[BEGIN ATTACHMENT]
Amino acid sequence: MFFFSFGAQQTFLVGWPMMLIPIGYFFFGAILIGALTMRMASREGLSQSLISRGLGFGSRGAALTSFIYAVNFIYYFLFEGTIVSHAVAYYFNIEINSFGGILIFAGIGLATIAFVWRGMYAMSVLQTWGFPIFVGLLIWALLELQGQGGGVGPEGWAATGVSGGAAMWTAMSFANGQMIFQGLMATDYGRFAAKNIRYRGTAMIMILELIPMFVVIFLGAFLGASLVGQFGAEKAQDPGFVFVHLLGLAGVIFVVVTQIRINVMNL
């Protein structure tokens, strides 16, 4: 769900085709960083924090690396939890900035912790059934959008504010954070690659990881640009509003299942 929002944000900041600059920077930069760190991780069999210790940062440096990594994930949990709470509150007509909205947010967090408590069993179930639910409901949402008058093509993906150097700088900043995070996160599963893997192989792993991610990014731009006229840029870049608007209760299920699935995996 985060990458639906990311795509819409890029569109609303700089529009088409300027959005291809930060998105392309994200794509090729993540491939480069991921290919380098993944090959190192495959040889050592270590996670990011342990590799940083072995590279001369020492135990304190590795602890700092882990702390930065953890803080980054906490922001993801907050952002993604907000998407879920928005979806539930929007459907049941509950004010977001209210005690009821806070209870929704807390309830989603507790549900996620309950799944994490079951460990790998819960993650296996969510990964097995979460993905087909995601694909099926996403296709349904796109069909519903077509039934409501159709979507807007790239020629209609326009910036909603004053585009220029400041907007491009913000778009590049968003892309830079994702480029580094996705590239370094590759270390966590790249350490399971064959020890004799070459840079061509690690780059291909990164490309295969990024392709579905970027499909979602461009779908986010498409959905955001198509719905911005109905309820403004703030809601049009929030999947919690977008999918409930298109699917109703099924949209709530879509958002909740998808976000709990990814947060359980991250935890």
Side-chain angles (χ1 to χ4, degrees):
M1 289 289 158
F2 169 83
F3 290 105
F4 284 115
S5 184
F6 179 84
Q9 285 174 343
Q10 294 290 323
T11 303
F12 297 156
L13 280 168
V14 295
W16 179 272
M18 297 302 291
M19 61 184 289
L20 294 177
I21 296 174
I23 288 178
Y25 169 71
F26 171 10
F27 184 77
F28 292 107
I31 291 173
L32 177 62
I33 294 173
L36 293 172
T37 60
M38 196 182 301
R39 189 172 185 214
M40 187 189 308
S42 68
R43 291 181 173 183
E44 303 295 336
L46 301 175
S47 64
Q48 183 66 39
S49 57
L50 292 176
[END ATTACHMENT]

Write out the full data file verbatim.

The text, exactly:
Amino acid sequence: MFFFSFGAQQTFLVGWPMMLIPIGYFFFGAILIGALTMRMASREGLSQSLISRGLGFGSRGAALTSFIYAVNFIYYFLFEGTIVSHAVAYYFNIEINSFGGILIFAGIGLATIAFVWRGMYAMSVLQTWGFPIFVGLLIWALLELQGQGGGVGPEGWAATGVSGGAAMWTAMSFANGQMIFQGLMATDYGRFAAKNIRYRGTAMIMILELIPMFVVIFLGAFLGASLVGQFGAEKAQDPGFVFVHLLGLAGVIFVVVTQIRINVMNL
């Protein structure tokens, strides 16, 4: 769900085709960083924090690396939890900035912790059934959008504010954070690659990881640009509003299942 929002944000900041600059920077930069760190991780069999210790940062440096990594994930949990709470509150007509909205947010967090408590069993179930639910409901949402008058093509993906150097700088900043995070996160599963893997192989792993991610990014731009006229840029870049608007209760299920699935995996 985060990458639906990311795509819409890029569109609303700089529009088409300027959005291809930060998105392309994200794509090729993540491939480069991921290919380098993944090959190192495959040889050592270590996670990011342990590799940083072995590279001369020492135990304190590795602890700092882990702390930065953890803080980054906490922001993801907050952002993604907000998407879920928005979806539930929007459907049941509950004010977001209210005690009821806070209870929704807390309830989603507790549900996620309950799944994490079951460990790998819960993650296996969510990964097995979460993905087909995601694909099926996403296709349904796109069909519903077509039934409501159709979507807007790239020629209609326009910036909603004053585009220029400041907007491009913000778009590049968003892309830079994702480029580094996705590239370094590759270390966590790249350490399971064959020890004799070459840079061509690690780059291909990164490309295969990024392709579905970027499909979602461009779908986010498409959905955001198509719905911005109905309820403004703030809601049009929030999947919690977008999918409930298109699917109703099924949209709530879509958002909740998808976000709990990814947060359980991250935890």
Side-chain angles (χ1 to χ4, degrees):
M1 289 289 158
F2 169 83
F3 290 105
F4 284 115
S5 184
F6 179 84
Q9 285 174 343
Q10 294 290 323
T11 303
F12 297 156
L13 280 168
V14 295
W16 179 272
M18 297 302 291
M19 61 184 289
L20 294 177
I21 296 174
I23 288 178
Y25 169 71
F26 171 10
F27 184 77
F28 292 107
I31 291 173
L32 177 62
I33 294 173
L36 293 172
T37 60
M38 196 182 301
R39 189 172 185 214
M40 187 189 308
S42 68
R43 291 181 173 183
E44 303 295 336
L46 301 175
S47 64
Q48 183 66 39
S49 57
L50 292 176